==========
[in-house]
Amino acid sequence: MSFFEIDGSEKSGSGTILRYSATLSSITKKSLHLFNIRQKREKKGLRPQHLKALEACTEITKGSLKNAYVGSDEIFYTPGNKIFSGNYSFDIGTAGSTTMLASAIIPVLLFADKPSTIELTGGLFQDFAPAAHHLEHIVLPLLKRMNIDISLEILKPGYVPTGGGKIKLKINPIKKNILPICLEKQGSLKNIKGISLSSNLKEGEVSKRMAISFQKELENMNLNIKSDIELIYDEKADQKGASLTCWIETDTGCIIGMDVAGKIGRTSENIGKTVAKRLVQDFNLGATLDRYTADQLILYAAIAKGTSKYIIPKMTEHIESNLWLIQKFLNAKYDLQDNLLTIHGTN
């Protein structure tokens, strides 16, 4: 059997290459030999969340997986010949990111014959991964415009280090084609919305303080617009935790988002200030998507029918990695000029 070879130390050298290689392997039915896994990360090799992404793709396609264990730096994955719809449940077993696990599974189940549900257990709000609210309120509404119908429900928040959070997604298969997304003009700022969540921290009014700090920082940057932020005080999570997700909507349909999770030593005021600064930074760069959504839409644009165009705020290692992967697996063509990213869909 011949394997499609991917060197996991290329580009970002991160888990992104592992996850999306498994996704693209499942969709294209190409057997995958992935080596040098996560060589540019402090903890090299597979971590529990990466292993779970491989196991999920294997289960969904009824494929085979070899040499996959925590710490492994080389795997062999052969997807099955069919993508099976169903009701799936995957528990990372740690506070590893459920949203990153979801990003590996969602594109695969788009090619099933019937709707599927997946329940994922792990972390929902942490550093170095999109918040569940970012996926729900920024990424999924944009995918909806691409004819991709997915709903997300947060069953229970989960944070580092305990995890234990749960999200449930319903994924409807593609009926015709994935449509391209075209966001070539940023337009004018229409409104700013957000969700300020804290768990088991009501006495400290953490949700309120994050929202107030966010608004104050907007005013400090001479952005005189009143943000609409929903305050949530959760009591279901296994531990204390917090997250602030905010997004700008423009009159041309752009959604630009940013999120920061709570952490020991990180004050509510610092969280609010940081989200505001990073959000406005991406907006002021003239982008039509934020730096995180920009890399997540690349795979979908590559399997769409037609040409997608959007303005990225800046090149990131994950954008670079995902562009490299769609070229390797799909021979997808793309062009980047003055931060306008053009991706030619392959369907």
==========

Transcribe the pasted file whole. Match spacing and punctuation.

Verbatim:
[in-house]
Amino acid sequence: MSFFEIDGSEKSGSGTILRYSATLSSITKKSLHLFNIRQKREKKGLRPQHLKALEACTEITKGSLKNAYVGSDEIFYTPGNKIFSGNYSFDIGTAGSTTMLASAIIPVLLFADKPSTIELTGGLFQDFAPAAHHLEHIVLPLLKRMNIDISLEILKPGYVPTGGGKIKLKINPIKKNILPICLEKQGSLKNIKGISLSSNLKEGEVSKRMAISFQKELENMNLNIKSDIELIYDEKADQKGASLTCWIETDTGCIIGMDVAGKIGRTSENIGKTVAKRLVQDFNLGATLDRYTADQLILYAAIAKGTSKYIIPKMTEHIESNLWLIQKFLNAKYDLQDNLLTIHGTN
């Protein structure tokens, strides 16, 4: 059997290459030999969340997986010949990111014959991964415009280090084609919305303080617009935790988002200030998507029918990695000029 070879130390050298290689392997039915896994990360090799992404793709396609264990730096994955719809449940077993696990599974189940549900257990709000609210309120509404119908429900928040959070997604298969997304003009700022969540921290009014700090920082940057932020005080999570997700909507349909999770030593005021600064930074760069959504839409644009165009705020290692992967697996063509990213869909 011949394997499609991917060197996991290329580009970002991160888990992104592992996850999306498994996704693209499942969709294209190409057997995958992935080596040098996560060589540019402090903890090299597979971590529990990466292993779970491989196991999920294997289960969904009824494929085979070899040499996959925590710490492994080389795997062999052969997807099955069919993508099976169903009701799936995957528990990372740690506070590893459920949203990153979801990003590996969602594109695969788009090619099933019937709707599927997946329940994922792990972390929902942490550093170095999109918040569940970012996926729900920024990424999924944009995918909806691409004819991709997915709903997300947060069953229970989960944070580092305990995890234990749960999200449930319903994924409807593609009926015709994935449509391209075209966001070539940023337009004018229409409104700013957000969700300020804290768990088991009501006495400290953490949700309120994050929202107030966010608004104050907007005013400090001479952005005189009143943000609409929903305050949530959760009591279901296994531990204390917090997250602030905010997004700008423009009159041309752009959604630009940013999120920061709570952490020991990180004050509510610092969280609010940081989200505001990073959000406005991406907006002021003239982008039509934020730096995180920009890399997540690349795979979908590559399997769409037609040409997608959007303005990225800046090149990131994950954008670079995902562009490299769609070229390797799909021979997808793309062009980047003055931060306008053009991706030619392959369907």